- Poste Italiane IPO country's biggest privatization since 1999
- Marchionne says Ferrari should be valued as a luxury company
They couldn’t be more different.
One is Ferrari, a Made-in-Italy icon, the creator of sleek, super-fast Formula One racing machines, while the other is Poste Italiane SpA, a stodgy state institution that evokes images of long lines and slow service.
Yet they have two things in common now. They are both testing investor appetite with initial public offerings at a time when equity markets have been shaken by the turmoil in emerging markets, including China’s economic slowdown. They’ve also both come up with similar valuations for their businesses -- Ferrari as much as $9.8 billion and Poste Italiane up to $11 billion.
In their own way, the two IPOs have become flag-bearers for Italy Inc. The Poste Italiane offer is the nation’s biggest privatization since 1999, and Prime Minister Matteo Renzi is using it to kickstart state asset disposals to help reduce public debt -- the second highest in the euro region after Greece. For his part, Ferrari Chairman Sergio Marchionne is using the IPO and eventual full spinoff of the carmaker to cut parent company Fiat Chrysler Automobiles NV’s debt and help finance 48 billion euros ($54.5 billion) of investments for Jeep, Alfa Romeo and Maserati.
"Ferrari is a luxury firm, with different multiples compared with Poste but I think both companies show the right face of Italy, a country that has a lot to show the world," Poste Italiane Chairman Luisa Todini told reporters on Monday. Todini is one of three women appointed by Renzi to executive positions of Italian state-controlled companies in April 2014.
For all that, Ferrari and Poste Italiane have very different stories to sell to investors.
Marchionne, who’s also the chief executive officer of Fiat-Chrysler, says he’s bringing to market a luxury-goods maker rather than an auto manufacturer. Ferrari, based in the northern town of Maranello, last year sold only 7,255 cars -- compared with 4.6 million vehicles for Fiat-Chrysler -- because it wants to maintain exclusivity.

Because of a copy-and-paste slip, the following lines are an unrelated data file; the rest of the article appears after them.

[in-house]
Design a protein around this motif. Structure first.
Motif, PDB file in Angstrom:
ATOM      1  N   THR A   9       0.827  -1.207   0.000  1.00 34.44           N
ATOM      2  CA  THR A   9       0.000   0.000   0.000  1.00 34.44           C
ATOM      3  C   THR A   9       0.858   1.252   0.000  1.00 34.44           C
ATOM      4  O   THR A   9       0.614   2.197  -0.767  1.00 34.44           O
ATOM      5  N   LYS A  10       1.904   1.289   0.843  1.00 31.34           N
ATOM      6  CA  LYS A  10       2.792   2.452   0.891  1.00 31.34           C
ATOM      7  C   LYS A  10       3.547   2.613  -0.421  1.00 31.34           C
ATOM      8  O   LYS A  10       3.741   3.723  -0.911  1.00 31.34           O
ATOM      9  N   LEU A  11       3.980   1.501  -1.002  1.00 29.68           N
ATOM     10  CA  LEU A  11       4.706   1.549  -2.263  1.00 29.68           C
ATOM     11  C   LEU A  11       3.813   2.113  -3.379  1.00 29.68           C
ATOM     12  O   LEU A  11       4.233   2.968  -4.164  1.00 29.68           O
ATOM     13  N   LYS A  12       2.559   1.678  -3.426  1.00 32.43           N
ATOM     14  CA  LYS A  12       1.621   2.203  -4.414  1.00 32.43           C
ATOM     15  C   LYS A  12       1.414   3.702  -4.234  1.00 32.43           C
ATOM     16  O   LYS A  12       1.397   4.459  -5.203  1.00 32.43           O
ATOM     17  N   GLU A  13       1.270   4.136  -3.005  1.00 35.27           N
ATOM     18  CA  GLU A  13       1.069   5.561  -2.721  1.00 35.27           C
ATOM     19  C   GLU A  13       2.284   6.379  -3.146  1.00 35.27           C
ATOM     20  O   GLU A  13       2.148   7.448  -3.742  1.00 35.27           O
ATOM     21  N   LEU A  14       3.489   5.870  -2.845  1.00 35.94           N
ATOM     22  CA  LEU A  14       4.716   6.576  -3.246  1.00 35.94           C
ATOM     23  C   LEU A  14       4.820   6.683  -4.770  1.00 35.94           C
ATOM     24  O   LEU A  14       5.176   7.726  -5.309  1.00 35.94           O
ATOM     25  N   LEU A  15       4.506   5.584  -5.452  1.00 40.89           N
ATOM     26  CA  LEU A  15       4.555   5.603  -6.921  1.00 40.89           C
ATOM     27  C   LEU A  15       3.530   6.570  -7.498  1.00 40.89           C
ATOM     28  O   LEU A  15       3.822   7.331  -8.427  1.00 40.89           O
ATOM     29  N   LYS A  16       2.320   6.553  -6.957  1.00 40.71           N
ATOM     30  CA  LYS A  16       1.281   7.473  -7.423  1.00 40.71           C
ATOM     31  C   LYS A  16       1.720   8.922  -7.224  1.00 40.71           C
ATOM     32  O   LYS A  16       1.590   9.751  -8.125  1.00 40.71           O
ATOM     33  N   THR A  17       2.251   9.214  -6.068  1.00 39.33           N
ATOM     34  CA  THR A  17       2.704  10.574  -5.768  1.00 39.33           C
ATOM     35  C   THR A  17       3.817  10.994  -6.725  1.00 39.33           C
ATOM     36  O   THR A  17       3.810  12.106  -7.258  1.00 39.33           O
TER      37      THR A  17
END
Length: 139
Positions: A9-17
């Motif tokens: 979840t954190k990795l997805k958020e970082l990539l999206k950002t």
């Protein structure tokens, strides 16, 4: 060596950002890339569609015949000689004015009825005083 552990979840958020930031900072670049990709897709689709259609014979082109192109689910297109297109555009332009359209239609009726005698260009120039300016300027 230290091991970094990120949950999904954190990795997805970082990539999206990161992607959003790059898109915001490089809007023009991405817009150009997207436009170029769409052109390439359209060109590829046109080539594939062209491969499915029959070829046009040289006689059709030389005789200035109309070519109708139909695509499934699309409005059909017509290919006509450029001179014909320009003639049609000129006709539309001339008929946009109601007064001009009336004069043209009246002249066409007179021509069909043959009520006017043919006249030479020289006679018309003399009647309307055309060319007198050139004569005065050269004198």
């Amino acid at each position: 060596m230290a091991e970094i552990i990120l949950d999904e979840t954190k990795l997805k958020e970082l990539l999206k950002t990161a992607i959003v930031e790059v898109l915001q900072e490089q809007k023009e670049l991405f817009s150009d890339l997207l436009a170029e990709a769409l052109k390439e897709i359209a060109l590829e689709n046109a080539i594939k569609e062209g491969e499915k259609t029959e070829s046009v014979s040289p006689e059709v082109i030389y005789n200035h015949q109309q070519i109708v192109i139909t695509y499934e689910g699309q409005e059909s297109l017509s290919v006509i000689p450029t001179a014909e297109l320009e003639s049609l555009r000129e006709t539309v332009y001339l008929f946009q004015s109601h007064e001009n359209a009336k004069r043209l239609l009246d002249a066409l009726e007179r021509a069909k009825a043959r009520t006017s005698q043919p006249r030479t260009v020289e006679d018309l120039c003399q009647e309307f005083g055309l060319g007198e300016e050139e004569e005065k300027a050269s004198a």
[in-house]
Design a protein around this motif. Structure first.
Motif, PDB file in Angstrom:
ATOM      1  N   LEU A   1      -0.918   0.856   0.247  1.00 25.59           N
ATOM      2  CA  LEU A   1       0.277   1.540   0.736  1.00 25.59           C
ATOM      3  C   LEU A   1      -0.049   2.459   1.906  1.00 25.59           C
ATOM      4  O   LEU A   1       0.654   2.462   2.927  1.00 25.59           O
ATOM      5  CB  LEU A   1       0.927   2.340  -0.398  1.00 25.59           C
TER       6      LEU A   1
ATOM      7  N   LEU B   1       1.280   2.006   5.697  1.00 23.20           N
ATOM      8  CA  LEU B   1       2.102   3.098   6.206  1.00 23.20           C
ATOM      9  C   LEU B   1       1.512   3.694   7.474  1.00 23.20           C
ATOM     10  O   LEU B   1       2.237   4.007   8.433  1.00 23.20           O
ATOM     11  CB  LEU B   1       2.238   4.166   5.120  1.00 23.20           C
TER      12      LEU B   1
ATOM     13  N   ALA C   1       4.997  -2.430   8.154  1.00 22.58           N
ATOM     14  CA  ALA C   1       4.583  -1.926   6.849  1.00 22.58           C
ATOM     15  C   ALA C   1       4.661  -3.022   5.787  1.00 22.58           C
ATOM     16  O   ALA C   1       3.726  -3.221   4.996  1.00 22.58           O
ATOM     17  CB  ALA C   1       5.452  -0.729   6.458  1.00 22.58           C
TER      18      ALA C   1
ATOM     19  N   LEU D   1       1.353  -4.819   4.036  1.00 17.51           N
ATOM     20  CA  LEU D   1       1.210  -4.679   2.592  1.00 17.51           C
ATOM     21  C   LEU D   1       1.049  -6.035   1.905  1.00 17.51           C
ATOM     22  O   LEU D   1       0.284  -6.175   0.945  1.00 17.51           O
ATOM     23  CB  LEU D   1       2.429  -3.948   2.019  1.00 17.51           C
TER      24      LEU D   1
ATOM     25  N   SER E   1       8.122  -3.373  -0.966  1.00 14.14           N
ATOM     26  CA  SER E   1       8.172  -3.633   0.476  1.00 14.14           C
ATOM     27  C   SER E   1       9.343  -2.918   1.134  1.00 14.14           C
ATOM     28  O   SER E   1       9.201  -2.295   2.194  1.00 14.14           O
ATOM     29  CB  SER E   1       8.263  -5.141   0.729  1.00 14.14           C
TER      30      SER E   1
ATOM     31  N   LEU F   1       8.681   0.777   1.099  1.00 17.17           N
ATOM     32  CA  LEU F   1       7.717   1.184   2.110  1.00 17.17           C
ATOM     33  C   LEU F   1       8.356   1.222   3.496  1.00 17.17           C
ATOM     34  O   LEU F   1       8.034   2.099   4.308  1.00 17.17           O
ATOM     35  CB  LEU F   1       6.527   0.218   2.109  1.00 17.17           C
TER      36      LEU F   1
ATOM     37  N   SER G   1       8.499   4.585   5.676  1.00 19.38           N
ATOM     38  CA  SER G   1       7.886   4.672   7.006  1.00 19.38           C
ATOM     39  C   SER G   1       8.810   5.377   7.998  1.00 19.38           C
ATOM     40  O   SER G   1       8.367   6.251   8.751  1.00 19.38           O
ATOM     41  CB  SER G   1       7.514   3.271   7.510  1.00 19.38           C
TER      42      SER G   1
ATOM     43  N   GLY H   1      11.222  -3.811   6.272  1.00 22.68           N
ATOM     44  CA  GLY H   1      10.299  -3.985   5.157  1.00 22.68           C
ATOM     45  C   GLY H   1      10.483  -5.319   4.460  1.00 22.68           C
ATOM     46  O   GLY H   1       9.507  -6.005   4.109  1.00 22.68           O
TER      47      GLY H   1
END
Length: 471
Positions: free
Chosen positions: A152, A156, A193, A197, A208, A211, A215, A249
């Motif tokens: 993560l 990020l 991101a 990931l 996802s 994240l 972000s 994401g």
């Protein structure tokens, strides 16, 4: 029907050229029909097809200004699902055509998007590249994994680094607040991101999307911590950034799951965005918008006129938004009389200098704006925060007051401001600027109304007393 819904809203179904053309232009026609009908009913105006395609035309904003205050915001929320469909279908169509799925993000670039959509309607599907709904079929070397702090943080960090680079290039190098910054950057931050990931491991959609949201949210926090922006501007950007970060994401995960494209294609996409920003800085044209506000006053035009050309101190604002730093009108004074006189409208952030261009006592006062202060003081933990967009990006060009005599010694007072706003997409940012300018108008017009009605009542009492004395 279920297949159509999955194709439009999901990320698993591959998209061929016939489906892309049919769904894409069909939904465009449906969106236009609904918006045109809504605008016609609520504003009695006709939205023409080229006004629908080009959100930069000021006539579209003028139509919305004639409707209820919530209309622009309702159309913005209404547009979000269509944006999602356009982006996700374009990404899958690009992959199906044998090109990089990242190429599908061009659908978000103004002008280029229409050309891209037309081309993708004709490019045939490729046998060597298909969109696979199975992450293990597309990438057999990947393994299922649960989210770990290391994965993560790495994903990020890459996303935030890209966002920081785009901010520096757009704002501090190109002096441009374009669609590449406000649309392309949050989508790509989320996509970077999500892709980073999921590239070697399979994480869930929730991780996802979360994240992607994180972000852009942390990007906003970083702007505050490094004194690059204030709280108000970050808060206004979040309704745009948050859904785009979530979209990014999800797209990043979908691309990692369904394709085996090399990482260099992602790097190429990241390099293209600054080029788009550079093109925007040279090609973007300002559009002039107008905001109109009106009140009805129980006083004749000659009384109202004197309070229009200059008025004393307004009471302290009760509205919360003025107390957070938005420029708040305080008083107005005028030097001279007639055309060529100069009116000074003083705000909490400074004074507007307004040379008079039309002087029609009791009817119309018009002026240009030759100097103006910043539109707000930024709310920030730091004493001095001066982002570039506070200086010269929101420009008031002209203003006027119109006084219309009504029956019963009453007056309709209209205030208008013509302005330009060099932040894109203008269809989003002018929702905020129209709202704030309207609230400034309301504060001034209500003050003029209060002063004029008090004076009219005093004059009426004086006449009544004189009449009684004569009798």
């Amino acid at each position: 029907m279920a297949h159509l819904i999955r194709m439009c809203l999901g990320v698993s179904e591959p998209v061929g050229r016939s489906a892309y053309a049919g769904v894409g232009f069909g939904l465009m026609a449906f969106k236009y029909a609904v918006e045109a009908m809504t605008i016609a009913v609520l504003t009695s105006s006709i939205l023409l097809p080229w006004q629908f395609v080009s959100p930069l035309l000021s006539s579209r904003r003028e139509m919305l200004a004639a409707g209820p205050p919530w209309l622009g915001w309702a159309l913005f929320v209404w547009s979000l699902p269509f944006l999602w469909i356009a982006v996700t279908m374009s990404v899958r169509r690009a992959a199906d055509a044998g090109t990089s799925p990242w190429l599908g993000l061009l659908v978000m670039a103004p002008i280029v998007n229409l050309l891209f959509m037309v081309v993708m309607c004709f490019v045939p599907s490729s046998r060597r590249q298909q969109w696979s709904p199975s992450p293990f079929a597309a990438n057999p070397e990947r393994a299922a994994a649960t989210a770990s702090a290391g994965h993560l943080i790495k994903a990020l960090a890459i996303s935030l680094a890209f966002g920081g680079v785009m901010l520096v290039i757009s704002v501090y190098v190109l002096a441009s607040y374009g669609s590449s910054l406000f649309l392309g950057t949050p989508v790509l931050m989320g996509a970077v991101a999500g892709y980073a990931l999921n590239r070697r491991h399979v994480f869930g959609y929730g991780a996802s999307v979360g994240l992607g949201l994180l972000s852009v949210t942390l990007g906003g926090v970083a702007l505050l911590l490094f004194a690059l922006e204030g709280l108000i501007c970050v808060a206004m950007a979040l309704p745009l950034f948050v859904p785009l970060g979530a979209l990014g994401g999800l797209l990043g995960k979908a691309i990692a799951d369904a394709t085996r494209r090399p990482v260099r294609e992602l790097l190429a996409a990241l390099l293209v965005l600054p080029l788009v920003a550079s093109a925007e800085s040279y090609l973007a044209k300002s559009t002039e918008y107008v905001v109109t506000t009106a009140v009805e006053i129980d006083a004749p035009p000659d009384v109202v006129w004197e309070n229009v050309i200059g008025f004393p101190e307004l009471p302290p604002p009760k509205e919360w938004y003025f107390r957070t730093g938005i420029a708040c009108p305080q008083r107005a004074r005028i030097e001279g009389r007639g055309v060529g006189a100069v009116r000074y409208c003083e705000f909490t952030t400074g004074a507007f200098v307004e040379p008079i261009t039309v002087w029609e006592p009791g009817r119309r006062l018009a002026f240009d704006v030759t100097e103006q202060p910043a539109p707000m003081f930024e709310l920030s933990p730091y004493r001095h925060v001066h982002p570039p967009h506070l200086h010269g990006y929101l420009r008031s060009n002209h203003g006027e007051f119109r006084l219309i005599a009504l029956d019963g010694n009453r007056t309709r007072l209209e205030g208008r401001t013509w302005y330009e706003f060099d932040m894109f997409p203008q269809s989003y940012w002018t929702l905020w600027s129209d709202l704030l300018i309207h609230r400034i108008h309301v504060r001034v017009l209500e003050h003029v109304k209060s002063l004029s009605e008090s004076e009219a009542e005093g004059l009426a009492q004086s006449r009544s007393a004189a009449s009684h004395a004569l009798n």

The company, to be listed on the New York Stock Exchange under the ticker RACE, posted adjusted earnings before interest, taxes, depreciation and ammortization of 693 million euros, generating an Ebitda margin of 25 percent of sales last year.
Poste Italiane for its part is peddling its ordinariness -- a traditional postal network being turned into a profitable company that competes with banks and insurers for financial service products. That theme is reflected in an ad campaign it launched in Italian newspapers Monday. The images include a man jogging in a park with headphones and a slogan that reads, “Per cambiare, basta un’azione,” word play that’s lost in its English translation to “All you need for change is a share/action.”
Last year, postal services only accounted for about 14 percent of its total revenue. With about 142,000 employees and more than 13,000 offices across the country, Poste Italiane had first-half net income of 435 million euros and revenue of 16 billion euros, or a profit margin of 3 percent.
“Ferrari is unique, a luxury brand and therefore has much more potential
than Poste which is a mix of financial and postal services, definitely not as
exciting,” Edoardo Liuni, a trader and partner of Trading Room Roma, an
independent Rome-based venue for traders, said in a phone interview. “Let’s say I haven’t heard Poste mentioned much around here, though admittedly the dividend is interesting.”
The IPOs started on Monday, with the Poste offering running through Oct. 22. Ferrari has not set an official closing date.
Poste Italiane will be selling shares into a sizzling market. Italian stocks are on track to outperform Germany’s -- hit by the slowdown in China and the Volkswagen AG pollution-cheating scandal -- for the first time in 11 years. Italy’s FTSE MIB index has advanced more than 15 percent so far this year, while the German DAX is up only 3.2 percent.
Still, for Stefano Girola, a Lugano-based fund manager for Syz Group SA, which manages about 40 billion euros, Ferrari is by far a better investment.
“I would favor Ferrari because it’s a strong global brand,” he said, adding that Fiat-Chrysler’s sale of only a 10 percent stake means it will be heavily oversubscribed, giving more upside to the stock when it’s listed. Poste Italiane is a bet on Italy and its success is closely linked to the company’s “challenging” business plan and the economy’s recovery from a deep recession, he said.